What I play when I’m inside your COMP
Okay, it’s high time I do one of these GOTY listicle things so I can move on with 2016 and go back to playing old stuff. Given I’m primarily a handheld player, I spend much of my time playing a decent mix of old and new games as well as re-releases, but worry not, console and PC friends, some of this stuff has emerged on your platforms in 2015 as well!
Maybe not Xbox One, though. And this is going to come as a shock to some, but there are no Atlus games on this list. I did indeed buy some 2015 Atlus releases, but I just wasn’t in the mood for traditional JRPGs last year, so they’re on the shelf for now. I’ve also skipped Persona 4: Dancing All Night for the time being.
With that aside, here are my portable gaming picks of 2015!
(PC, PS Vita, PS3, PS4)
Two indie games I caught up on this year were Spelunky and Hotline Miami. They were the perfect preparation for Nuclear Throne, which is a post-apocalyptic, twin-stick shootin’ roguelike. Humanity is dead, mutants have taken their place, and they’re fighting each other to reach the titular radioactive seat… to sit on it, I guess.
I don’t know yet, because it’s hard to reach the throne, but I do know I love the fact it thrives on scraping by with what you find and each level is a procedurally-generated surprise.
Will I find a Pop Gun, Crossbow, the ammo-devouring Triple Machinegun, or a lame screwdriver? You play with the hand you’re dealt and pray that cute little mouse in the lab level doesn’t disembowel you. So if you like shooting literally everyone and perpetual failure, this is the game for you.
I give it four-and-a-half tentacled eyeball clusters out of five.
(PS Vita, PSTV)
I might be fudging the GOTY terms with a late 2014 release, but anything from the “hunter” subgenre of action-based dungeon hacks is something you play for the long haul. I played Freedom Wars well into late summer 2015 and still pick it up from time to time because the almost endless character customization options are very addictive to people who live to accessorize.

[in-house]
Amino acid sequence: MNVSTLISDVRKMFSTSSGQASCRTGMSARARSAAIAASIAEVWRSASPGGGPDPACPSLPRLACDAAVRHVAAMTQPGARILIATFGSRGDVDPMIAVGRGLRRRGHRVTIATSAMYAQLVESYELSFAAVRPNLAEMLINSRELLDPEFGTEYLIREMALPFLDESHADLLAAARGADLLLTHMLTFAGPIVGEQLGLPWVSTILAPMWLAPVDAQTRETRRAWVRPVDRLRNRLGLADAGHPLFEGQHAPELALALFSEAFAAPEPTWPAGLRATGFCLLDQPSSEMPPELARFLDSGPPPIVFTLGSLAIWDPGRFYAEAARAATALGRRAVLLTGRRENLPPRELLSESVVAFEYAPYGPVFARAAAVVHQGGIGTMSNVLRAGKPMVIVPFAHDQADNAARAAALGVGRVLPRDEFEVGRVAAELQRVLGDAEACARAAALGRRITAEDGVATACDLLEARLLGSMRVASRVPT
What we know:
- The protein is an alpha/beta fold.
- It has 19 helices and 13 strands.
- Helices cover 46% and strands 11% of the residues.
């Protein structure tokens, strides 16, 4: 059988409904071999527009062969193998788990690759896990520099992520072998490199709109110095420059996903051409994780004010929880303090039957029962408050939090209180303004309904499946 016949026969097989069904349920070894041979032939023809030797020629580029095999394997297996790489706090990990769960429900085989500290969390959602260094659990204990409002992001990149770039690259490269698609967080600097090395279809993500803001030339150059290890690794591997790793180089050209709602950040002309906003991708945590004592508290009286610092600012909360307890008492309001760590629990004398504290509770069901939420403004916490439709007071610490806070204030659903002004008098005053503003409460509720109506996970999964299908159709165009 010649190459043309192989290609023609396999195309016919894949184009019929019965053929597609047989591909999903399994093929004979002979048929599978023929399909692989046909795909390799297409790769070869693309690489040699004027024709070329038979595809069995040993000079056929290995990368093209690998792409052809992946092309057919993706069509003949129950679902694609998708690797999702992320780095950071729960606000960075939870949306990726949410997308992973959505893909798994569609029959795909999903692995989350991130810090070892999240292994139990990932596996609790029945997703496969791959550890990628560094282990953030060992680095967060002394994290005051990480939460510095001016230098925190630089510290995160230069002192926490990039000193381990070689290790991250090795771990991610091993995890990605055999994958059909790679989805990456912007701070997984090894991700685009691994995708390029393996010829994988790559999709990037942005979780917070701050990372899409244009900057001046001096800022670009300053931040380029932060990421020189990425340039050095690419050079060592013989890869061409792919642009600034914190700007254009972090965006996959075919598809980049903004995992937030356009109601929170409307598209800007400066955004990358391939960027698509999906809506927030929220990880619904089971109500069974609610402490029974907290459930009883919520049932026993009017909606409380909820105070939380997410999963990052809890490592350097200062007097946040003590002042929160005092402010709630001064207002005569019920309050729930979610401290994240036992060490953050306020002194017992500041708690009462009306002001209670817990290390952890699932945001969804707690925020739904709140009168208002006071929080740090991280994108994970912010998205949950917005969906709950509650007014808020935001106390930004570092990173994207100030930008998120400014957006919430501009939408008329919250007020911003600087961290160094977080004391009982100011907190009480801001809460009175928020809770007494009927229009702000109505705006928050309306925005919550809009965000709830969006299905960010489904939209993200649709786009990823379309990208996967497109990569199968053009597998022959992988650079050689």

Freedom Wars takes place in a post-apocalyptic (yes, again), totalitarian, socialist (okay, that’s different) prison-planet where rival panopticons are constantly warring over resources and kidnapping each other’s scientists so they can hope to rule the roost. You are a prisoner commonly referred to as a “Sinner” and your sorry resource-draining ass fell on your head and lost your memory. That’s a crime that adds one million years to your sentence. Thankfully they seemed to forget the years you were already serving simply for existing.
Fear not, though, your home panopticon cares and will set you up with your very own sexy android partner — known as an Accessory — to monitor your every transgression and punish you by adding more years to your sentence. You are expected to obey your Accessory, work hard for the glory of your panopticon, fight giant robots, rescue/kidnap citizens and build bigger, better weapons so you can earn privileges like laying down to sleep before you go out to smash giant robots and kidnap people again.
Work real hard and your Accessory might not sentence you to 20 more years for walking 20 yards away from it. Sadly, you can never fight for your right to party in the Beastie Boys sense, just group with other sinners online.
As gameplay goes, Freedom Wars eschews the eccentric control schemes of other hunter games for more traditional third-person combat and shooting. While Monster Hunter is still figuring out guns after several releases, Freedom Wars guns the way guns should gun.
Additionally, you get this neat grappling tool called a Thorn that let’s you latch on to walls, ceilings, and various parts of giant robots so you can ride them and saw off their limbs. This sense of vertical play and straightforward combat is a big part of what sets it apart from the pack, though it all sometimes felt like a minigame when compared to all the fashionable ensembles I create and frolic about in.
I give Freedom Wars five propaganda bears out of five.
(New 3DS, 3DS)
I’m going to stick these two together since they’re technically not new, but were re-released in 2015 with New Nintendo 3DS functionality. One of my favorite things about handheld games is not just that I can play on the go, but that they’re sometimes masterpieces from days gone by that remain breathtaking.
That all of Xenoblade Chronicles‘ amazing locales and MMO-styled combat appear on New 3DS intact is one of those things that convince me wizards and sorceresses work at Nintendo rather than just developers.